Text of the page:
Palmetto Blog is a public project, and since it began I have felt inspired to find out who else is writing and creating art in the community, which is why I started the Mothership’s Art Party with Julia Green and Megan Bowser. There’s something so powerful about being in a room with other artists to celebrate each other and listen to each other. It’s really important to me to be an audience as well as a voice. The Mothership has been a really important venue for that, and for Durham in general. Durham is changing and losing some of the arts focus that has made it such a unique and inspiring place to live, so I think contributing now is more important than ever.
How do you think we can get this country in particular and the world in general to value art and creativity more highly and what do you think it would look like if we did?
It’s important to me that my kids know I’m a writer. That matters to me. Teaching kids to value art at a young age is important – not even being an artist, but just appreciating the arts. If you’re an artist, engaging kids and talking to them about what you do is so important.
America has become so individualistic and divided. Everything feels like it’s going in the wrong direction. But we can’t let that scare us away. Creating art is an act of resistance. You don’t have to write about the political climate or reference it in what you’re doing – you’re resisting just by creating. We talk about this a lot in Art Party, about the value of bringing people together to create a dialogue around art. It engages people in something positive in the midst of so much negativity in the world.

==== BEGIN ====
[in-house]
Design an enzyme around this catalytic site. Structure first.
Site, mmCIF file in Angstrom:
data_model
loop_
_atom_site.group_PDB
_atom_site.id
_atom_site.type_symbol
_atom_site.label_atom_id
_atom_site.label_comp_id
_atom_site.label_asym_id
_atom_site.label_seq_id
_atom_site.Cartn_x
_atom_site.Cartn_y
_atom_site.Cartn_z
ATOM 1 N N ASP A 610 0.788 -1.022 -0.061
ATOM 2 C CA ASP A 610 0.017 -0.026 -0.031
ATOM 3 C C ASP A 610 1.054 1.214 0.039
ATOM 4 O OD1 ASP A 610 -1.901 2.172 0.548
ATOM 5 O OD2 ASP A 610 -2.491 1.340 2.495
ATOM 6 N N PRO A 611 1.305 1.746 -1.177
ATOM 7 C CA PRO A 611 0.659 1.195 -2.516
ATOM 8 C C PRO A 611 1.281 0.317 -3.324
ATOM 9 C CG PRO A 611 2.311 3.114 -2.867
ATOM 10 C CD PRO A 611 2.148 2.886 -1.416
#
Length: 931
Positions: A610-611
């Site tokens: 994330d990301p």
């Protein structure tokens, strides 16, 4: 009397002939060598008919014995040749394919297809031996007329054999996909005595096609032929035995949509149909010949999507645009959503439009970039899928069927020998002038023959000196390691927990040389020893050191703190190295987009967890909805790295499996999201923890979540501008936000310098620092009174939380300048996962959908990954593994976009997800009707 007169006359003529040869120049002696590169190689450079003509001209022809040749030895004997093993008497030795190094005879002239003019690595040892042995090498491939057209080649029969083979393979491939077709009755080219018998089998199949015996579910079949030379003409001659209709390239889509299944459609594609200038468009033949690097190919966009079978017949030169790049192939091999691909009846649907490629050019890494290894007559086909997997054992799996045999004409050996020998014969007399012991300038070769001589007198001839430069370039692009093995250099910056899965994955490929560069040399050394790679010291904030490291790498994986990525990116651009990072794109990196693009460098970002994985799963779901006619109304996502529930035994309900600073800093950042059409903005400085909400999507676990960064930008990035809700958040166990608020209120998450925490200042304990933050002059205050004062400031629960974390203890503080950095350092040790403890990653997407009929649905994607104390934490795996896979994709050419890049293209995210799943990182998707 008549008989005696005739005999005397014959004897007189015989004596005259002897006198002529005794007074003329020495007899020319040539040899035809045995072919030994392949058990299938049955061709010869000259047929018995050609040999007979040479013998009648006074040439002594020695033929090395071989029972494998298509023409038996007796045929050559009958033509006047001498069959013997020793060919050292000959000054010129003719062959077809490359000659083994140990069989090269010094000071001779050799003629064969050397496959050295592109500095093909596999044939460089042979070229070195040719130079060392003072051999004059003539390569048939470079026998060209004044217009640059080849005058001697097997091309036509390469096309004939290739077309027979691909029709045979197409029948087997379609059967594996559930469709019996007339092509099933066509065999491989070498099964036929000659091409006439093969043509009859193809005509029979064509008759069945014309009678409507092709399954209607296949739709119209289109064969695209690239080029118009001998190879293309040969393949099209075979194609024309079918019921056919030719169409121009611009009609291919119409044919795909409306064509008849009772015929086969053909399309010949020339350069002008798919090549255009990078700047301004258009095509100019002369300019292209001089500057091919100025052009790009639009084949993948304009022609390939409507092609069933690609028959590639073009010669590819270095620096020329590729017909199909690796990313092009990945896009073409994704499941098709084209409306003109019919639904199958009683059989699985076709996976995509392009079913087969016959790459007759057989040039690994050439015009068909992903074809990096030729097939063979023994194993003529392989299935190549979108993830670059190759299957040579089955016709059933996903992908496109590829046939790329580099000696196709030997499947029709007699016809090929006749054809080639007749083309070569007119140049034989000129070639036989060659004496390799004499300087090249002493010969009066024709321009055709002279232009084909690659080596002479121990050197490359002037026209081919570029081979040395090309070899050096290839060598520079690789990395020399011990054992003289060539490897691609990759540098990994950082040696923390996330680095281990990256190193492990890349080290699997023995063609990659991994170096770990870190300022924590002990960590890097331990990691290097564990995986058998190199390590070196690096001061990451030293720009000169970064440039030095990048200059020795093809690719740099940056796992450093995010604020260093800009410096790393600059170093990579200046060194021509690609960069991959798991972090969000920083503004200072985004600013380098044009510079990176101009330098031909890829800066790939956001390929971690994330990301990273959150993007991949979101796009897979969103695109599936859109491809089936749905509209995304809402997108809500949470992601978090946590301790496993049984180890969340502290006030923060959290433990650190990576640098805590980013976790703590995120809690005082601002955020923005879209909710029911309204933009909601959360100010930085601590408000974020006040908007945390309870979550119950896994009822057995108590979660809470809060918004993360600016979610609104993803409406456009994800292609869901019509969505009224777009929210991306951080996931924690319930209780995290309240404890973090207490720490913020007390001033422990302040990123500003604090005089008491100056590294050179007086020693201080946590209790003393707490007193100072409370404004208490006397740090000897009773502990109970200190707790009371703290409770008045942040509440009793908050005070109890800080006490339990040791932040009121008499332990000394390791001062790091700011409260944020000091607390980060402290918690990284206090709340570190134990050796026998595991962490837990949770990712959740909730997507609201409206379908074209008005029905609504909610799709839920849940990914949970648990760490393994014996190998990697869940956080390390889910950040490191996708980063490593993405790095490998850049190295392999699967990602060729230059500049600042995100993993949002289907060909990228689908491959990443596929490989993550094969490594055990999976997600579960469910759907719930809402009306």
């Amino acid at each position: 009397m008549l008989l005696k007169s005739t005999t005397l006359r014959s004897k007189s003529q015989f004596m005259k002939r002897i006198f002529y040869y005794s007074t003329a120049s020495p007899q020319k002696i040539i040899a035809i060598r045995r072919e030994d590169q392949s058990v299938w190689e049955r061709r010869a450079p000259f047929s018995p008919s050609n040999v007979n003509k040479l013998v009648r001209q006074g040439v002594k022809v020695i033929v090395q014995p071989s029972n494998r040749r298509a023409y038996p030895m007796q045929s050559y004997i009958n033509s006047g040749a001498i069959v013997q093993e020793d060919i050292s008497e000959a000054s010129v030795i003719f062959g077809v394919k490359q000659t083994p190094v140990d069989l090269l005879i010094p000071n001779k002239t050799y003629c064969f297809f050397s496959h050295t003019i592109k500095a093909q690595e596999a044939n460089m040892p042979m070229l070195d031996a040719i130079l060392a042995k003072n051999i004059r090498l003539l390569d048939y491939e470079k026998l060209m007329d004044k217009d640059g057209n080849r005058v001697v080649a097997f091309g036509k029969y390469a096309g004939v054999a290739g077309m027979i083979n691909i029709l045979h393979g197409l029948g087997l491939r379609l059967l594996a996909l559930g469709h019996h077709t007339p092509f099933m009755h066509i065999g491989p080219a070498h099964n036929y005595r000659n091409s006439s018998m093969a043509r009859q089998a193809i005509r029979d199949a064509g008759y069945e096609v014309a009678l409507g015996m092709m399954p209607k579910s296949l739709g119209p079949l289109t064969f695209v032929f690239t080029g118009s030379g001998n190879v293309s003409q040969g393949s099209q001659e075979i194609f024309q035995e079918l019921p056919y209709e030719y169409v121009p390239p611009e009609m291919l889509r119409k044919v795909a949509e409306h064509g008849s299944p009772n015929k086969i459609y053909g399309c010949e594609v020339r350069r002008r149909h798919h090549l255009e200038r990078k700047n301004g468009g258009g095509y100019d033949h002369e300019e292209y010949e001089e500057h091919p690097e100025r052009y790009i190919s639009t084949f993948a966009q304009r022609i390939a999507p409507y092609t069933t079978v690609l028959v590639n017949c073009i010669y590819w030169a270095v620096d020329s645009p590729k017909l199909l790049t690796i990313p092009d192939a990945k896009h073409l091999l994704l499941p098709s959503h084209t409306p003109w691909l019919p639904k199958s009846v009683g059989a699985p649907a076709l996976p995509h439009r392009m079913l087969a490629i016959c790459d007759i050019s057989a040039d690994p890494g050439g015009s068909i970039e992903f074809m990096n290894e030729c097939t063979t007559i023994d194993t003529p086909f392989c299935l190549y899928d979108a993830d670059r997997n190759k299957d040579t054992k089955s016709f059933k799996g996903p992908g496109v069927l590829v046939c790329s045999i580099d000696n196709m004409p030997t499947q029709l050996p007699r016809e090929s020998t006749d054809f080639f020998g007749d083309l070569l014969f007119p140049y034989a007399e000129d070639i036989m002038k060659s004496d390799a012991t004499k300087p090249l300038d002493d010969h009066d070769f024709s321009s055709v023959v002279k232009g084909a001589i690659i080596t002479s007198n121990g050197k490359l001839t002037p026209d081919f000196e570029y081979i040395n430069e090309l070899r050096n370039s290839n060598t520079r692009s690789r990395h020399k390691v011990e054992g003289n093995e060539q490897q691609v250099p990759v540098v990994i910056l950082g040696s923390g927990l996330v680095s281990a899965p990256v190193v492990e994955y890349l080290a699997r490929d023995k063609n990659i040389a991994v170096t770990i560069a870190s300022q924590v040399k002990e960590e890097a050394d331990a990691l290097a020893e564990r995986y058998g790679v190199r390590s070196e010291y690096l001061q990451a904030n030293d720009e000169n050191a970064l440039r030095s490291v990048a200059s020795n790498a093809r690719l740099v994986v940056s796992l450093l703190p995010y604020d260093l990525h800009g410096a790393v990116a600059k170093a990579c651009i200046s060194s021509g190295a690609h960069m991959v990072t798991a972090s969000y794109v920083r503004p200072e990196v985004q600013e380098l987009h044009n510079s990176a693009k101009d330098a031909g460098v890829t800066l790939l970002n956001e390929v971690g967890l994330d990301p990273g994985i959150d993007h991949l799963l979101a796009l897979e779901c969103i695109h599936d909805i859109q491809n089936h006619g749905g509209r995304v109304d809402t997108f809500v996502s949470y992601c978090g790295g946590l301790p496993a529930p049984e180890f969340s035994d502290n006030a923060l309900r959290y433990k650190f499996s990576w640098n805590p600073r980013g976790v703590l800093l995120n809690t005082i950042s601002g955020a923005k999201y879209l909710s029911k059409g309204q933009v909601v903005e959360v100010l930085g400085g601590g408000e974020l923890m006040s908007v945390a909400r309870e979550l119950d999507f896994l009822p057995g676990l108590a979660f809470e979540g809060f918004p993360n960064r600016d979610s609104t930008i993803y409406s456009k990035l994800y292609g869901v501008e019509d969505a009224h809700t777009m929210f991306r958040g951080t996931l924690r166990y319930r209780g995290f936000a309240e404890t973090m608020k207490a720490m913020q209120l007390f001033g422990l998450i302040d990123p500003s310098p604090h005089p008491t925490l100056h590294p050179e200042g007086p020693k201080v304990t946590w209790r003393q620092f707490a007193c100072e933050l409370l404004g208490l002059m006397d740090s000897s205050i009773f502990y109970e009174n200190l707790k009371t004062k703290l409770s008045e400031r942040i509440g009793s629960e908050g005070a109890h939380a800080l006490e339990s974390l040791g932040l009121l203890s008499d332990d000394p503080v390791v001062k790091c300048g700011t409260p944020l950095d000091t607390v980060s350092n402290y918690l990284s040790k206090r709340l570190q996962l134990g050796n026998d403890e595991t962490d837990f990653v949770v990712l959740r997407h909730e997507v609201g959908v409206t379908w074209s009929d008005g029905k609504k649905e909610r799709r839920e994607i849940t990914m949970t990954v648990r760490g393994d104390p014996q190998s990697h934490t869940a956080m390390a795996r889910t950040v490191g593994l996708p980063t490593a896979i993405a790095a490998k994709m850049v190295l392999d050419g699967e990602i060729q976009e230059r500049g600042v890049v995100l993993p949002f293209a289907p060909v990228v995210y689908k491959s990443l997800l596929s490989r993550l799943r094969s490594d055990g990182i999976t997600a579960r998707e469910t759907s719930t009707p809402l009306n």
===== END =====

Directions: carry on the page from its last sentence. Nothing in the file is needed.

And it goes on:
What advice would you give to someone who wants to be more creative?
Create community around your work as much as you can and don’t be afraid to send your voice out into the world. There are always people that are going to seem better or worse to you in their work, but it’s not about that – it’s about getting out there with all the others. Try to trust your own voice.
And if you feel stuck, give some structure to your work in the form of a project with some specific parameters – whether its writing one sonnet a day for ten days or recording a certain part of your day, every day. This is what Palmetto Blog has been for me, a container for my work, one that pushes me and creates some elbow room for me to create. And truthfully, you probably have more time than you think you do! Once you get started on a project, the work creates its own momentum. Just get started.
This interview has been edited and condensed.